April 22, 2015
It's not as if there were ever clear paths for cello players beyond the European classical tradition, but Akua Dixon made one for herself. The New York City native found work in the pit band of the Apollo Theater, the multi-racial Symphony of the New World, and the bands of many jazz musicians — including drummer Max Roach's Double Quartet. As she developed her jazz chops, she also started her own string quartet, featured prominently on her new self-titled album. Akua Dixon also features her crafty arranging for strings over jazz standards and Afro-Latin grooves.
Jazz Night In America visits Sistas' Place in Bedford-Stuyvesant, Brooklyn — a year-round venue which also helps to present an annual month-long grassroots festival in the heavily African-American neighborhood — to take in Akua Dixon's performance at the Central Brooklyn Jazz Festival. In addition to the string ensemble featured on her latest album, Dixon is also joined by her two children: vocalist Andromeda Turre and drummer Orion Turre.
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April 21, 2015Simón Bolívar Big Band Jazz performs at Jazz at Lincoln Center. (Image Credit: Frank Stewart/Jazz at Lincoln Center)
The public youth music education program known as El Sistema has reached hundreds of thousands of Venezuelans, largely through participation in classical music ensembles. In 2007, drummer Andrés Briceño and head of the Simón Bolívar Conservatory of Music Valdemar Rodríguez introduced a jazz program to El Sistema, with the goal of promoting the music throughout Venezuela. The flagship ensemble, Simón Bolívar Big Band Jazz, presents the work of both American jazz masters and Venezuelan composers, and like its orchestral counterparts, has now toured the U.S.
Jazz Night In America presents Simón Bolívar Big Band Jazz during a recent stateside sojourn, from Dizzy's Club Coca-Cola within New York's Jazz at Lincoln Center.
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April 20, 2015
In a concert and ceremony at Jazz at Lincoln Center in New York, the National Endowment for the Arts recognizes its 2015 class of Jazz Masters. The performance will be webcast live Monday at 7:30 p.m. EDT here and via arts.gov, jazz.org, wbgo.org and Sirius XM radio.
The honor is the most substantial federally supported award for jazz artistry; those recognized each receive a $25,000 grant. This concert includes performances by Bley and Lloyd, as well as appearances by other NEA Jazz Masters and guest artists from multiple generations. Bassist Christian McBride, who is also host of NPR's Jazz Night In America, will emcee.
Since 1982, the NEA has now recognized 136 Jazz Masters (or group awards), all of whom were living at the time of their selection. In addition to the one-time grant, recipients are also invited to participate in NEA-sponsored performances and education programs across the country.Copyright 2015 NPR. To see more, visit http://www.npr.org/.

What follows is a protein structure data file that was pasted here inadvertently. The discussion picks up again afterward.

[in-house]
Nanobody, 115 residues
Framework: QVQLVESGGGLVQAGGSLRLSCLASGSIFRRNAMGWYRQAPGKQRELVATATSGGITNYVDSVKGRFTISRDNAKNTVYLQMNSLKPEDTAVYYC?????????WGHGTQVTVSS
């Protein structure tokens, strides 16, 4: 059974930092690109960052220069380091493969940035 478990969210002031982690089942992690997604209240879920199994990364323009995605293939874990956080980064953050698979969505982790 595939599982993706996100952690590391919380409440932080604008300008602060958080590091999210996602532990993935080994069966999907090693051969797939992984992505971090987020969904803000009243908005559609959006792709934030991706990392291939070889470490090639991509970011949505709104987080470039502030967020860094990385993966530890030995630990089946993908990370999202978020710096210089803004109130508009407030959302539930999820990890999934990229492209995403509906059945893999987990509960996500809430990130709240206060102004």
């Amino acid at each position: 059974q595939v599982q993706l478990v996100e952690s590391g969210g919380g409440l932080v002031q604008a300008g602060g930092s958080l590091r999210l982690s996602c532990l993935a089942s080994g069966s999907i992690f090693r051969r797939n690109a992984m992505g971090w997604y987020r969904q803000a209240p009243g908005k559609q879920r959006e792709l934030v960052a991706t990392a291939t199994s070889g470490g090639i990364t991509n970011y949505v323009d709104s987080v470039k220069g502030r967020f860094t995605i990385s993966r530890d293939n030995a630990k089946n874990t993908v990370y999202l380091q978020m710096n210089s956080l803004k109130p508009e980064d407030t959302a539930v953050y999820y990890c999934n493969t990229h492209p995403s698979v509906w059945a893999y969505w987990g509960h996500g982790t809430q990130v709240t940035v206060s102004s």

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April 17, 2015
Among the celebrations of Billie Holiday's centennial birthday anniversary is a new album from Cassandra Wilson. In Coming Forth By Day, one of today's top jazz vocalists salutes one of her idols, drastically rearranging the Holiday songbook.
Jazz Night In America features Cassandra Wilson's blues, country and folk-tinged delivery as she performs her Billie Holiday tribute, and catches up with some key collaborators of both Wilson and Holiday herself.
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April 11, 2015
Since she was a teenager, saxophonist Hailey Niswanger has been drawing attention in the jazz world, and not just because she's a woman in bands most often populated by men. Niswanger's alto- and soprano-sax mastery is captivating. Now 25, she's just released her third album as a bandleader, PDX Soul, and is preparing to go on tour with fellow Portland, Ore., native Esperanza Spalding.
The funk-influenced PDX Soul, which finds Niswanger embracing heavy production and certain elements of smooth jazz, represents a departure from her straight-ahead jazz albums.
"I wanted to show another side of my passion," says Niswanger, who points to Cannonball Adderley, Herbie Hancock and Miles Davis as models of artists who have moved easily among musical styles. "Maybe it's more prone for festival-type vibes and outdoor, standing venues — dance, get up and move."
Niswanger says she sees an opening among her generation for jazz in the way it crosses genre boundaries.
"I think jazz is starting to break into other areas," she says. "I know that this big hip-hop album that just came out, Kendrick Lamar's To Pimp A Butterfly, there's jazz all over the album. There's improvisation; there's jazz saxophone playing all up in there. It's definitely starting to cross over, and I think there might be a new wave of interest, especially for the younger crowd."
NPR's Tamara Keith spoke with Niswanger about PDX Soul, the story of how the saxophone first called to her, and the unique challenges of playing the soprano sax. Hear their conversation at the audio link.Copyright 2015 NPR. To see more, visit http://www.npr.org/.
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